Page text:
Chinese admiral contests freedom of navigation in South China Sea
By ERIK SLAVIN | STARS AND STRIPES Published: July 19, 2016
YOKOSUKA NAVAL BASE, Japan — A senior Chinese admiral has rejected freedom of navigation for military ships, despite views held by the United States and most other nations that such access is codified by international law.
The comments by Adm. Sun Jianguo, deputy chief of China’s joint staff, come at a time when the U.S. Navy is particularly busy operating in the South China Sea, amid tensions over sea and territorial rights between China and many of its neighbors in the Asia-Pacific region.
“When has freedom of navigation in the South China Sea ever been affected? It has not, whether in the past or now, and in the future there won’t be a problem as long as nobody plays tricks,” Sun said at a closed forum in Beijing on Saturday, according to a transcript obtained by Reuters.
“But China consistently opposes so-called military freedom of navigation, which brings with it a military threat and which challenges and disrespects the international law of the sea,” Sun said.
International authorities contest both of Sun’s points.
The Permanent Court of Arbitration in The Hague ruled July 12 that “Chinese law enforcement vessels had unlawfully created a serious risk of collision when they physically obstructed Philippine vessels.”
The PCA decision, part of a Philippine case three years in the making, ruled against China on 14 of 15 claims related to the South China Sea. It also ruled that China’s claim to exclusive, “historic rights” to nearly 90 percent of the area violates the U.N. Convention on the Law of the Sea.
China has stated that it will ignore the court decision, despite a clause within UNCLOS — which China has ratified — that binds it to the ruling.
The U.S. has conducted freedom-of-navigation operations close to submerged reefs that China has topped with landfill, military-grade runways, radar and weaponry. The PCA ruled that some of the artificial islands are not claimable as land.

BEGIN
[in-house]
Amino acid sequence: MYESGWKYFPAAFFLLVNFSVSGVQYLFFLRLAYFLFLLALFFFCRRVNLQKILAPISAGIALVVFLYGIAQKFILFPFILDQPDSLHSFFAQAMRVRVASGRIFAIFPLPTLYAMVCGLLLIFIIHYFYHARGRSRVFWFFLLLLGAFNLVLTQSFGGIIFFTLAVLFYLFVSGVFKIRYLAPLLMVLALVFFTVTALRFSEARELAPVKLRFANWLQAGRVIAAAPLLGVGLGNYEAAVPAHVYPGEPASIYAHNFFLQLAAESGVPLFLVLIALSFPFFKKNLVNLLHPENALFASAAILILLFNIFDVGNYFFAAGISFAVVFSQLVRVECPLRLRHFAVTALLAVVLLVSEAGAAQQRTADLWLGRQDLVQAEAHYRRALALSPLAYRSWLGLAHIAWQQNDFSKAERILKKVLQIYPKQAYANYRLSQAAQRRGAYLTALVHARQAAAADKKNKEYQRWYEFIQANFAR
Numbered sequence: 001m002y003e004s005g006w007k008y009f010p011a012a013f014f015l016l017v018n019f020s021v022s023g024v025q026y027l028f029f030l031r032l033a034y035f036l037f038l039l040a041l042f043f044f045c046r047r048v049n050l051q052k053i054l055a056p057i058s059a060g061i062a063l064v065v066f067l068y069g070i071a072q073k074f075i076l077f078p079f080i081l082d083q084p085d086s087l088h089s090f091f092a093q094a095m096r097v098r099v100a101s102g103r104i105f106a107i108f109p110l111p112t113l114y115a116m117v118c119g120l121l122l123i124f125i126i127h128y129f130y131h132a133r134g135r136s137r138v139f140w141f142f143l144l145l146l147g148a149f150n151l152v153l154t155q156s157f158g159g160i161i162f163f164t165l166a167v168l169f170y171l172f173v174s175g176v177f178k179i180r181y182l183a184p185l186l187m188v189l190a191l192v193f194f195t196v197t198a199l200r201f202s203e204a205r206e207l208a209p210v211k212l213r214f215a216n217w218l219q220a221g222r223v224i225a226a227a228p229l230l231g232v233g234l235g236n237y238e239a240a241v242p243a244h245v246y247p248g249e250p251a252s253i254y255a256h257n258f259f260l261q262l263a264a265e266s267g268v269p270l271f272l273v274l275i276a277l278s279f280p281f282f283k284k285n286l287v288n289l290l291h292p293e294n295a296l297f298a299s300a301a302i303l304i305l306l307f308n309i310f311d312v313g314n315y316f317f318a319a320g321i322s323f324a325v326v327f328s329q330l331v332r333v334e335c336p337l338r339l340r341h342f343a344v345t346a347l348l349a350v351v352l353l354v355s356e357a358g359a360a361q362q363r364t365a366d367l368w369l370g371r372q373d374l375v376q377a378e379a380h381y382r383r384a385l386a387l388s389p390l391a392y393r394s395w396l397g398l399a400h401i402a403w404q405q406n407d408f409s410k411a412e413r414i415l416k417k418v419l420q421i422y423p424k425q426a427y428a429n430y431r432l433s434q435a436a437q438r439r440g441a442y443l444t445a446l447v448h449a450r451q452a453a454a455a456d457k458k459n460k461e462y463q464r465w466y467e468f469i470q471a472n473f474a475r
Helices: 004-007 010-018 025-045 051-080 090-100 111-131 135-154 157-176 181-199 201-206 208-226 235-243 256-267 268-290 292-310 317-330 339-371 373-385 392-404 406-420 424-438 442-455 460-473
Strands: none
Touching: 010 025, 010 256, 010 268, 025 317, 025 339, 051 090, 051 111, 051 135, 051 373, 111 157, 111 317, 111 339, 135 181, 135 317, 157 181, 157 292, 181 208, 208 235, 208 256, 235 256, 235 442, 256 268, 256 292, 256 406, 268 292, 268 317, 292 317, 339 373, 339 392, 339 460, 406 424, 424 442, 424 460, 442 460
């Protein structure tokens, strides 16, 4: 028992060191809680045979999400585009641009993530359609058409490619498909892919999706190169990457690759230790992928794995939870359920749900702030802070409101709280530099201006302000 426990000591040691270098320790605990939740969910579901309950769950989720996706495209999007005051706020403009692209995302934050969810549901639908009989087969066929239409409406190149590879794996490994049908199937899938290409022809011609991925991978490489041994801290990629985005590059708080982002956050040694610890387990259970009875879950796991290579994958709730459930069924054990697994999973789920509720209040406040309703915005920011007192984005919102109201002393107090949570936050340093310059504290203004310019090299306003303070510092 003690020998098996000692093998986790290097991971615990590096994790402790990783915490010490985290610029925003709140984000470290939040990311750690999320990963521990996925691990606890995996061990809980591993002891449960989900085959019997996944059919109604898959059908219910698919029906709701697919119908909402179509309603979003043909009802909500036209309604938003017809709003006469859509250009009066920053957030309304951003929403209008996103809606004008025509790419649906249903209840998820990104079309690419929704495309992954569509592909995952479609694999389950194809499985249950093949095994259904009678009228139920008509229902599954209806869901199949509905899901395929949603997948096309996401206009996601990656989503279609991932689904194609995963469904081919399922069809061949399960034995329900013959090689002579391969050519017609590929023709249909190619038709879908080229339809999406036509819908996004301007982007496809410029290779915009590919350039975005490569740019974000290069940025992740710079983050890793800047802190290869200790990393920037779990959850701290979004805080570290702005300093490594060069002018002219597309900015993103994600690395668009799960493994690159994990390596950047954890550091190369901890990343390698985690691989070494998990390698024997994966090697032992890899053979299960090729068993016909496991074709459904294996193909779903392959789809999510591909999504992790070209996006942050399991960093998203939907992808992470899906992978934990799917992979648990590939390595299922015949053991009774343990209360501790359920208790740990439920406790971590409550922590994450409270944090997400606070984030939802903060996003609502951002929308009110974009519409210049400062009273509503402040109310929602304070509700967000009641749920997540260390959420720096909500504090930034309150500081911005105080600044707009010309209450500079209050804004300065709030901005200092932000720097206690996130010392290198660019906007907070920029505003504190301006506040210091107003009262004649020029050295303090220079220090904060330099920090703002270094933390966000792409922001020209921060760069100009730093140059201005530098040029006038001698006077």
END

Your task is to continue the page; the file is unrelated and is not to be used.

“This kind of military freedom of navigation is damaging to freedom of navigation in the South China Sea, and it could even play out in a disastrous way,” Sun added without elaborating, according to Reuters.
More than $5 trillion in trade transits the South China Sea annually. About $1.2 trillion of that is U.S. trade, according to Census Bureau statistics.
No clause within UNCLOS mentions restricting military ships that are only passing through territorial waters, though some Asian nations maintain that consent is required.
Freedom of navigation for all ships is an “overarching interest” reflected in several parts of the sea treaty, Navy Cmdr. Jonathan Odom, a law professor at the Asia-Pacific Center for Security Studies, wrote in March.
Odom cited a supporting speech by Singaporean diplomat Tommy Koh, who served as the UNCLOS conference president during the past three years of negotiations.
“I think the convention is quite clear on this point,” Koh said. “Warships do, like other ships, have a right of innocent passage through the territorial sea, and there is no need for warships to acquire prior consent or even notification of the coastal state.”
Amendments to UNCLOS that would have imposed restrictions on military ships were withdrawn at the time, according to the 2012 book "Excessive Maritime Claims," which cited U.N. records.
U.S. officials say China has sailed its military craft through U.S. territorial waters unannounced, including a time when it came within 12 nautical miles of Alaska last year.
U.S. ships operate a combined 700 days per year in the South China Sea, Pacific Fleet commander Adm. Scott Swift has stated repeatedly at press conferences during the past year.
About 75 percent of the ships homeported at the 7th Fleet’s headquarters in Yokosuka are at sea. Several of them, including the aircraft carrier USS Ronald Reagan, are in the South China Sea.
Naval officials contend they will continue to operate in the Western Pacific and wherever international law allows.
Sun’s remarks came shortly before Chief of Naval Operations Adm. John Richardson met with China naval chief Adm. Wu Shengli in Beijing on Monday.
Discussions on safe operations under international law were “frank and substantive,” a Navy statement said.